Pete DeBoer subbed Joel Ward back into the Sharks lineup on Sunday after healthy scratching the forward on Friday night in Montreal. The move paid immediate dividends, as San Jose looked dangerous no matter which line put blades to ice-substitute.
Yes, the Sharks lost 4-1 on Sunday evening, but DeBoer must learn the right lesson from that defeat. No, Ward didn’t respond to the benching my scoring three goals, but he did play very well in the Sharks’ defeat. He looked every bit as dangerous as he has at any point this season.
Ward was a +5 at even strength in corsi differential against Chicago, while Timo Meier led the pack at +11. The Captain Line struggled the most against the speedy top unit that included Jonathan Toews and Patrick Kane. San Jose showed, again, it can’t hang with a fast team which poses a scary look into the postseason matchups to come.
The Sharks need to keep building towards a faster lineup by inserting young, quick skaters into their lineup. Meier and Labanc are a start, and once Tomas Hertl returns perhaps Nikolay Goldobin can further increase the average speed of San Jose’s forward group.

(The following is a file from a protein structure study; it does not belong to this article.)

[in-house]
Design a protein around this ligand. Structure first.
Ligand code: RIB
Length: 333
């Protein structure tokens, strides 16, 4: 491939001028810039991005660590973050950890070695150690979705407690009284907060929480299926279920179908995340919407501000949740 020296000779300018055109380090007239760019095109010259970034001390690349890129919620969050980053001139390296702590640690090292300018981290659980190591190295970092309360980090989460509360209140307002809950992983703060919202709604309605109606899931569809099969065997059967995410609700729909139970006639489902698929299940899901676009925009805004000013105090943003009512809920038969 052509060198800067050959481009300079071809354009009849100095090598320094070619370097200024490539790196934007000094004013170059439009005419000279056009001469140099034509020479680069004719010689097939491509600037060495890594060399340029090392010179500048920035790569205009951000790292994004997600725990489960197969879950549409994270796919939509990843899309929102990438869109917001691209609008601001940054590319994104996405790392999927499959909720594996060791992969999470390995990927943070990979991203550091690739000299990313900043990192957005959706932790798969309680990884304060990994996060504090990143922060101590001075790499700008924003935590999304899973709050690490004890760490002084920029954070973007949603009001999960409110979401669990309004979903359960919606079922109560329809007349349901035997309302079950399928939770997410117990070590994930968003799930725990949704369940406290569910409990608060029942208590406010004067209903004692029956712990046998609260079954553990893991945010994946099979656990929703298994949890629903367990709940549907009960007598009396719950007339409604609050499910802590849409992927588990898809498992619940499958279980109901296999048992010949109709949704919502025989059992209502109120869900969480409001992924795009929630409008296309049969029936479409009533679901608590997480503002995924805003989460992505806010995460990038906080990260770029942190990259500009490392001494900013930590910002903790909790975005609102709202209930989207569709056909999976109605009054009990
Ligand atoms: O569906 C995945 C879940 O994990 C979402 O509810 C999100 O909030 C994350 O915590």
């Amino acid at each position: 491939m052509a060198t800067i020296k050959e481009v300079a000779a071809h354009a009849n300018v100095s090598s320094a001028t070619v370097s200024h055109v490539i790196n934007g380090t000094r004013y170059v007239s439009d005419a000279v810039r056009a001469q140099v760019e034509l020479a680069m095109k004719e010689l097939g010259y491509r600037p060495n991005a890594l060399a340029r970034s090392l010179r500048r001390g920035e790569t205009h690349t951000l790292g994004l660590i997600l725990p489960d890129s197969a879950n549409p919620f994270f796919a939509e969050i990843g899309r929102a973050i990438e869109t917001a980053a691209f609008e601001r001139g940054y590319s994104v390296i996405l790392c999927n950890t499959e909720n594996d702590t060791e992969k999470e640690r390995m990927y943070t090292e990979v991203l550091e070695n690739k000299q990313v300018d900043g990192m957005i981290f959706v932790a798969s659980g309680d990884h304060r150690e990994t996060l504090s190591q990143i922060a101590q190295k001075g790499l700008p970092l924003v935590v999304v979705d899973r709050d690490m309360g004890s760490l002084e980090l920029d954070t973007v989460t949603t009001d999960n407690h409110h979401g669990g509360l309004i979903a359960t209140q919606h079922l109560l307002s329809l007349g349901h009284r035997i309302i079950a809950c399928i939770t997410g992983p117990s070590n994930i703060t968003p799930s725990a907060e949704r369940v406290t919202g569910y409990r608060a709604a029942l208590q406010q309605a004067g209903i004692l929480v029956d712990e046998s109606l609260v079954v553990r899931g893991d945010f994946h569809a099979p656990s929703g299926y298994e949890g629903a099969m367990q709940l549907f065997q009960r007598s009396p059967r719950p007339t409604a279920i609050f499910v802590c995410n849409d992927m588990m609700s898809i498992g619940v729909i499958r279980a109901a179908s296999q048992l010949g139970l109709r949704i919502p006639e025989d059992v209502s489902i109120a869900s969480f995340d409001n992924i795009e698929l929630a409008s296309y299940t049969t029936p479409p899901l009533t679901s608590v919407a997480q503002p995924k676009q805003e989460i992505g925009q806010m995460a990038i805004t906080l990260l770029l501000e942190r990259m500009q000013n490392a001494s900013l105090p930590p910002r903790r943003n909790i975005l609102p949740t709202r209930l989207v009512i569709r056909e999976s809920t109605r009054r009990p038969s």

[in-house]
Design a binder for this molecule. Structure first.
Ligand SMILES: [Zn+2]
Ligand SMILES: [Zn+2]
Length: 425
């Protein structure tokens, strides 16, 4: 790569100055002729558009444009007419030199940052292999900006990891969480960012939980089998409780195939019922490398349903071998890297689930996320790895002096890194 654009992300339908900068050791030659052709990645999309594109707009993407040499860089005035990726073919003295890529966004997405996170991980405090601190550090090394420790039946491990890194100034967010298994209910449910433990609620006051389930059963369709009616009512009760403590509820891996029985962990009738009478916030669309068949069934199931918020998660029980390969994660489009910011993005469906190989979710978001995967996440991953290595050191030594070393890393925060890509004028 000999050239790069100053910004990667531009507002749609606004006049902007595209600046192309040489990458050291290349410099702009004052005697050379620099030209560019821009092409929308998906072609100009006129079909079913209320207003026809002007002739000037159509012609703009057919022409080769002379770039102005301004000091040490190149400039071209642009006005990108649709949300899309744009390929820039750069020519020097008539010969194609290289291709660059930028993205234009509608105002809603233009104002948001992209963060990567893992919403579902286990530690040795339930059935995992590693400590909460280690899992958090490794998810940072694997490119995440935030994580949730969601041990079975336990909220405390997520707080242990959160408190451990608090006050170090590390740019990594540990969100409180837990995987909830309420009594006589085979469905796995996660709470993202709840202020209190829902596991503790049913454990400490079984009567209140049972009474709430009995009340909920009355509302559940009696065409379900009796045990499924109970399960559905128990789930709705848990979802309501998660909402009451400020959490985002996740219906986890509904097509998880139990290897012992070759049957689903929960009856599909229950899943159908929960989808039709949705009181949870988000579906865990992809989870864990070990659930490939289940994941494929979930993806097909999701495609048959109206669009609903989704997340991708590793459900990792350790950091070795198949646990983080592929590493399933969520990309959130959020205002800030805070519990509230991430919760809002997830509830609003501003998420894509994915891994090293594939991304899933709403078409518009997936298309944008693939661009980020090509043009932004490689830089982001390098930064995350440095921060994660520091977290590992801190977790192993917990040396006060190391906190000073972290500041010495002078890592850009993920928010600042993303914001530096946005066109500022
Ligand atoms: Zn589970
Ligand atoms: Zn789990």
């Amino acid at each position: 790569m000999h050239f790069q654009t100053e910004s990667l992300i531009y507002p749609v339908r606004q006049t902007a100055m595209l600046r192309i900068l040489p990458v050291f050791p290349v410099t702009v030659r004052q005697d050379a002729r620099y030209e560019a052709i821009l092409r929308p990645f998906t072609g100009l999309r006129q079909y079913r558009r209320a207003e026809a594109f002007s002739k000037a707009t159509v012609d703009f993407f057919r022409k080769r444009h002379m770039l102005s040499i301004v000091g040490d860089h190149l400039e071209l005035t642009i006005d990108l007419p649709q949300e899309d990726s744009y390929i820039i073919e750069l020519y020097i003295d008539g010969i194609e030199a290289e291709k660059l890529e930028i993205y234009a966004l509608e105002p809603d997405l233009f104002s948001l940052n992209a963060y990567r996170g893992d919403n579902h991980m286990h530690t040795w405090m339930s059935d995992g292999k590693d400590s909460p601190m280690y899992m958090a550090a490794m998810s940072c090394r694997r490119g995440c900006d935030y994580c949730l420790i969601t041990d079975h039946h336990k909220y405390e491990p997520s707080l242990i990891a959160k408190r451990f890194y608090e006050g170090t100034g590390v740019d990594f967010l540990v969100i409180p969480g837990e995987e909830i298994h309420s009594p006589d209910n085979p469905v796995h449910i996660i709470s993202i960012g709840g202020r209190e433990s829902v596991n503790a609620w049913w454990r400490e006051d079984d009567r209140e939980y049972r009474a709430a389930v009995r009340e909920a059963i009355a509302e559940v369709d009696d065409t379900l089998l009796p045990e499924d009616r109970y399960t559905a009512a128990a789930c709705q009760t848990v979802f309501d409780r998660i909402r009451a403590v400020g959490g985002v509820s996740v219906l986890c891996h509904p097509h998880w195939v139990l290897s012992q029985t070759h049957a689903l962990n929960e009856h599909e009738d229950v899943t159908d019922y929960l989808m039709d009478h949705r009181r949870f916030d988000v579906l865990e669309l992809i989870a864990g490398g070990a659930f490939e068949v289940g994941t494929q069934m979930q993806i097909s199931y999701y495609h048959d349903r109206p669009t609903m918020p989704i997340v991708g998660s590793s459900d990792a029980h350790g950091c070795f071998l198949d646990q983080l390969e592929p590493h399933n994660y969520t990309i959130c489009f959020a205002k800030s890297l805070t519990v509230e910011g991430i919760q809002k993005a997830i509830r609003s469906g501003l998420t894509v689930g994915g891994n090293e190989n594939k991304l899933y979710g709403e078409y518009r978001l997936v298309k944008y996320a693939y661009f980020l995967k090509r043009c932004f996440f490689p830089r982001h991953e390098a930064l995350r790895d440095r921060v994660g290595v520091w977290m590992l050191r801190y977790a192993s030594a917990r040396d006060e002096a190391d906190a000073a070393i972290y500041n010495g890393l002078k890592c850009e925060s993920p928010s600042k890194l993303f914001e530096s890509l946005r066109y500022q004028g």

Regardless, San Jose didn’t lose on Sunday because it lacked size. If anything, the obsession with hitting led to Chicago’s win. The Sharks chased hits to an almost absurd degree and still managed to win the possession battle (score-adjusted fenwick, anyway).
I’m not saying there isn’t a place in the Sharks game for hits; there absolutely is. What I’m saying is the Sharks need to find a balance between hits and speed if they want to get back to the Stanley Cup Final and actually hoist it this time around. Chicago is not the best team in the NHL, but San Jose must learn the right lesson from its loss on Sunday.
That lesson? Don’t overcommit to size and physicality. The Sharks need more speed while also committing to youth and speed. That’s the future of this team, and the better they get in terms of zone entries and exits the closer they’ll get to hoisting their first ever Stanley Cup. I think.